Oh. My. Gourd. Our squash guide is here to help you enjoy every single squash: hardy and summer, how to tell the difference between them, and how to make the most out of each variety.
Thanks to its mild and creamy flesh, acorn squash complements sweet and savory flavors alike. When sliced in half and roasted, it makes a fantastic vessel for fillings like grains, dried fruit, and sausage. PS: The skin is also edible!
This fall favorite has a sweet, nutty flavor and is often spiralized into noodles or baked and blended into soups. Looking to try something new? Give it the hasselback treatment, stuffed with sage, butter, and prosciutto.
A cross between acorn and sweet dumpling squash, carnival is distinct for its festive multicolored skin. It’s nutty, with a hint of maple, and perfect for roasting or baking. It can also be eaten raw—thinly sliced and tossed in a citrusy vinaigrette.
Unlike most hard squash, delicata has an edible skin and tender flesh. The easiest prep is to slice it into half moons and roast with olive oil, salt, and pepper. Pair it with hearty greens, pomegranate seeds, and walnuts for a flavorful fall salad.
This squat Japanese squash is sweeter than other winter varieties, with bright yellow flesh and thick green skin. Before cutting, pop it in the microwave for 3-5 minutes. Then, slice and roast with fresh ginger and sprigs of thyme.
Cut pumpkin like you would any other hard squash, roast the seeds, and use the flesh blended in pancake batter, gnocchi, and of course, pies.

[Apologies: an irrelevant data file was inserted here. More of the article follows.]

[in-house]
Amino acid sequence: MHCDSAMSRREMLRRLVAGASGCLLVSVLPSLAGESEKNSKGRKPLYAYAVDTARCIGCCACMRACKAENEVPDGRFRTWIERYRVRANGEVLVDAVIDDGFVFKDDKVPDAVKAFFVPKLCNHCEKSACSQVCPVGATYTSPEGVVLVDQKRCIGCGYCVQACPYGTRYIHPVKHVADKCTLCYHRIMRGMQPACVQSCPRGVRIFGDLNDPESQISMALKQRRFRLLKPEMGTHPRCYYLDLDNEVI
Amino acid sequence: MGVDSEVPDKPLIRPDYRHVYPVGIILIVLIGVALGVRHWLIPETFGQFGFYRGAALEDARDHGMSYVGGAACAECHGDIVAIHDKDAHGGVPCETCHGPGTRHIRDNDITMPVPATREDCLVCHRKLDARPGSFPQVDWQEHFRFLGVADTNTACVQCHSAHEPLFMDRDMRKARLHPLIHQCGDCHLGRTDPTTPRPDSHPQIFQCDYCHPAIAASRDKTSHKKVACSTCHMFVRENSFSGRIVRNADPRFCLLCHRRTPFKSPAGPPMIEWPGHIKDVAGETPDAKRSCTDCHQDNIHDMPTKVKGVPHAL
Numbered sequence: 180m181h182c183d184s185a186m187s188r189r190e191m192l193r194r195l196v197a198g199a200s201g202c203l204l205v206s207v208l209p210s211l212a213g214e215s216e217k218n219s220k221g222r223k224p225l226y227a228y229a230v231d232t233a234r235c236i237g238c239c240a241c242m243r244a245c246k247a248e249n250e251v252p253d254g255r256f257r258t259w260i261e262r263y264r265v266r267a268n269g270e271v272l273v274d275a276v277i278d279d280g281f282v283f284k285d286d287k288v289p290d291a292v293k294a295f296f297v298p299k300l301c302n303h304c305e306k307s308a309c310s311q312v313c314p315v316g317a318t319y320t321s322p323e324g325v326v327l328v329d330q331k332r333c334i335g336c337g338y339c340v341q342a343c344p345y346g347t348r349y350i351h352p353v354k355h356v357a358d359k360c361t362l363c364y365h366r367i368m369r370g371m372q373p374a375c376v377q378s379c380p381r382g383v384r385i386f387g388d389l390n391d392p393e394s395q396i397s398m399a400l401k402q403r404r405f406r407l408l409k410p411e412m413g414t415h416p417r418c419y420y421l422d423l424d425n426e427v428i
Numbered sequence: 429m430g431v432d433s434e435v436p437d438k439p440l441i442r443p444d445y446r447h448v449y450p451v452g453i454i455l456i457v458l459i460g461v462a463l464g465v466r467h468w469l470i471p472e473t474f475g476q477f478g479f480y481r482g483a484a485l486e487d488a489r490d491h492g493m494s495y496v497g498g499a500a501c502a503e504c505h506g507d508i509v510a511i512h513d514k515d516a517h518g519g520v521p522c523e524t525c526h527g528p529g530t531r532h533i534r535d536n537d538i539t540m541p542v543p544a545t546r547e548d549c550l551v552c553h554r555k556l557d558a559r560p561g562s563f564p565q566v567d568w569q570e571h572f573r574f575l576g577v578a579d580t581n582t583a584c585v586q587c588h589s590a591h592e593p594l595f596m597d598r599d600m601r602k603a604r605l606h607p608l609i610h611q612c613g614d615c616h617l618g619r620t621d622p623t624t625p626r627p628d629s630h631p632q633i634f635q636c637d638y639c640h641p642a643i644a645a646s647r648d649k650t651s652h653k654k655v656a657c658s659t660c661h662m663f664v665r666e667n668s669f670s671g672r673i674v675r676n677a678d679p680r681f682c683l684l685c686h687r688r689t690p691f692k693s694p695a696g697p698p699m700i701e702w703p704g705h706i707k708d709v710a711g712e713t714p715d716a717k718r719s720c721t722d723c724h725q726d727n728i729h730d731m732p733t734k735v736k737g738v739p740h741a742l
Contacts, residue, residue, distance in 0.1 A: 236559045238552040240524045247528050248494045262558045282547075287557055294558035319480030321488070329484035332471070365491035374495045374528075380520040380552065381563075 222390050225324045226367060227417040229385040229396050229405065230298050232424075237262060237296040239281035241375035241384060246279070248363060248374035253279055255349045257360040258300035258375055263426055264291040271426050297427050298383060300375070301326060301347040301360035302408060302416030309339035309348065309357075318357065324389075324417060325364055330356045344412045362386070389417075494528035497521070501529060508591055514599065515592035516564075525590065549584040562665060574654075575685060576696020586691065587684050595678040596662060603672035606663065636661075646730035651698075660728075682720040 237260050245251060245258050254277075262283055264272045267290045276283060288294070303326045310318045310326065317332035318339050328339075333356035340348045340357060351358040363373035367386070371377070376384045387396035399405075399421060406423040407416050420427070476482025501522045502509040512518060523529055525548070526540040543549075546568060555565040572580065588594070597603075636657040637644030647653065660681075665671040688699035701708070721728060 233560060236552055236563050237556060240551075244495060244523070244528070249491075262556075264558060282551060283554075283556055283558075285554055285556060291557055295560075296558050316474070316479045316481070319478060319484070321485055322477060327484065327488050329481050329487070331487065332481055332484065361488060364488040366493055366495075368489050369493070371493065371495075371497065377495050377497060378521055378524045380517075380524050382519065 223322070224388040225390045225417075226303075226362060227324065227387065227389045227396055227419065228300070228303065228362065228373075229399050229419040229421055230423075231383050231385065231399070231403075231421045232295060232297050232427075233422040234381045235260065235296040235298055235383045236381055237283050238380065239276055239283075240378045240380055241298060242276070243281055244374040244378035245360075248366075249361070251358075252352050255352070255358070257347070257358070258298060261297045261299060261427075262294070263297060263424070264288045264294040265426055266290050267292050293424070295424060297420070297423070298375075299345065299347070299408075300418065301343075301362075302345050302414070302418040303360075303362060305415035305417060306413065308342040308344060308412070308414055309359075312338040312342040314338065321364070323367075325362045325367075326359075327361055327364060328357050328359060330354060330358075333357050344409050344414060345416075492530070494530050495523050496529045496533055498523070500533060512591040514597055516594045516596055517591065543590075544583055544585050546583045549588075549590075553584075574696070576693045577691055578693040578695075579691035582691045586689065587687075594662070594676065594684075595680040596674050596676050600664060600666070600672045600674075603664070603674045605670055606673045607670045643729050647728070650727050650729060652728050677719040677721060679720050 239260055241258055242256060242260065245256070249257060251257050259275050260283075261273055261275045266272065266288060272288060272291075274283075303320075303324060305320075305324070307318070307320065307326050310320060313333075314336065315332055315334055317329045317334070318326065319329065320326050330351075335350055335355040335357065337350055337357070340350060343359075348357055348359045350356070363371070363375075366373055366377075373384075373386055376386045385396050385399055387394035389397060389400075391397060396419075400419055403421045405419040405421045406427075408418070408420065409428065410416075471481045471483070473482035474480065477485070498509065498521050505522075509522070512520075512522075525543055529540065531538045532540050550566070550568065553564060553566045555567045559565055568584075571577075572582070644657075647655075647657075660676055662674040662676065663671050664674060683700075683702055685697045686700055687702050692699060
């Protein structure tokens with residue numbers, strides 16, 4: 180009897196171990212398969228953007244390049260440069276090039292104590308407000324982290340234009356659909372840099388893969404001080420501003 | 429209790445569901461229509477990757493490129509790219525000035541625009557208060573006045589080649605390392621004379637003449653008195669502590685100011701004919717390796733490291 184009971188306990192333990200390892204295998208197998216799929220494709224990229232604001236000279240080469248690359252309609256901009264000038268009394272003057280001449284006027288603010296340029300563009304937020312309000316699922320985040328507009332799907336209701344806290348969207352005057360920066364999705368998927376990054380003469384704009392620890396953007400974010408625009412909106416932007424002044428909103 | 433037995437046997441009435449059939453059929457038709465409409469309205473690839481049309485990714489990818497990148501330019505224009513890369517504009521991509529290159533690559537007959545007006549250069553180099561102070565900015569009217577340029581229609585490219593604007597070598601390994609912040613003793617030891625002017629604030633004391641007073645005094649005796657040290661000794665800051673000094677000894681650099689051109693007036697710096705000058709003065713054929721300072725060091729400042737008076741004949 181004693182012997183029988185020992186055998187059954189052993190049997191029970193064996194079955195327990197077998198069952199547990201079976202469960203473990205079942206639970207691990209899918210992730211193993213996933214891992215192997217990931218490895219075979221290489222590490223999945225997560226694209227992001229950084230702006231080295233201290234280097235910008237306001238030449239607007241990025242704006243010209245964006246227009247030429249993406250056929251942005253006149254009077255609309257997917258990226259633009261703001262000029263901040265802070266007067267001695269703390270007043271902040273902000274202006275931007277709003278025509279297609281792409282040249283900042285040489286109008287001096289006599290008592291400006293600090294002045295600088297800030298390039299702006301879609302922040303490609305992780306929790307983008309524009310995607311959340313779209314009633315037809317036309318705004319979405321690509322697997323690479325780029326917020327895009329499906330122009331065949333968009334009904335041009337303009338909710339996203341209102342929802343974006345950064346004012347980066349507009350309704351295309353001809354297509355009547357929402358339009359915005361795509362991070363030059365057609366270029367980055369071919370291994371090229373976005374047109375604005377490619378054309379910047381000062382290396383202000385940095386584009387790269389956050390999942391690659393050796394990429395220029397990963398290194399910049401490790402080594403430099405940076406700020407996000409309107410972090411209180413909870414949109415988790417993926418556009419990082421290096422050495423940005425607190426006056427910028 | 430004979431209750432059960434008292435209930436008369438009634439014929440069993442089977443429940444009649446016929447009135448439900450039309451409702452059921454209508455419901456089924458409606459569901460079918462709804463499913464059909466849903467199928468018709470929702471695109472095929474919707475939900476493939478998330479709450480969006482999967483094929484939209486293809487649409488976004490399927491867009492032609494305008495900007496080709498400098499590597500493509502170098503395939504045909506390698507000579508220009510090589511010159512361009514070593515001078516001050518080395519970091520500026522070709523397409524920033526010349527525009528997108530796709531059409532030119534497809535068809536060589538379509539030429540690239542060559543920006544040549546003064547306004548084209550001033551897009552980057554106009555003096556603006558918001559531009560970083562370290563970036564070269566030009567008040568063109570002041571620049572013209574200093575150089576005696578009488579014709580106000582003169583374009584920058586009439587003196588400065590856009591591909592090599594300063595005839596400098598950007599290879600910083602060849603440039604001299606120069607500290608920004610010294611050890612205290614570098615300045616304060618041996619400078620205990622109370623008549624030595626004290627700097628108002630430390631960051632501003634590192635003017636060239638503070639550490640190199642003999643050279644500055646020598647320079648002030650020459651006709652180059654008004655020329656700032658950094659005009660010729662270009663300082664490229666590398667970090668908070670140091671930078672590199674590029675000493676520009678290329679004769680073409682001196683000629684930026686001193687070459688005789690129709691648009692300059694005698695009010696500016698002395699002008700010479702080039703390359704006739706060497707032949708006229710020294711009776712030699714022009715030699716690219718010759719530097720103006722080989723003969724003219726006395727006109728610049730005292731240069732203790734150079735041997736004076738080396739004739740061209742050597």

Spaghetti squash is easily recognizable by its yellow color and oval shape. Its noodle-like strands and mild flavor match well with marinara sauce and curries, or they can be simply tossed with garlic, salt, and olive oil.
Yellow summer squash
A little curvy, slender, and tender all over, summer squash needs little to no cooking to be worked into a salad or simple side dish. Slice it, add it raw to arugula and tangy goat cheese, or sauté with a bit of oil, salt, pepper, and garlic.
Zucchini and yellow summer squash are related. Despite their differences—color and shape—they can be used interchangeably. This fruit has a high water content, so let shredded zucchini sit and drain before using in baked goods like quick breads.
The cube-shaped Koginut has a silky and creamy texture. Cook as you would a butternut squash—cubed and roasted, blended into soup, or even in baked goods—but expect an even sweeter flavor.
Centercuts are a long-necked squash with bulbs at the bottom, which taste and cook like zucchini. They’re especially great for grilling, which brings out their nutty flavor texture. Try them topped with fresh pesto or a sweet balsamic glaze.
This squash has the coloring of a delicata and the shape of a pumpkin. A true Misfits Market veg! Make the most of its light texture and sweet flavor by roasting with maple syrup and butter, then sprinkle toasted pepitas and walnuts on top.
Store summer squash in a plastic or produce bag, in the crisper drawer, for up to a week. Hard winter squash can be left on the counter or stored in a cool, dry, and dark place for 1-2 months.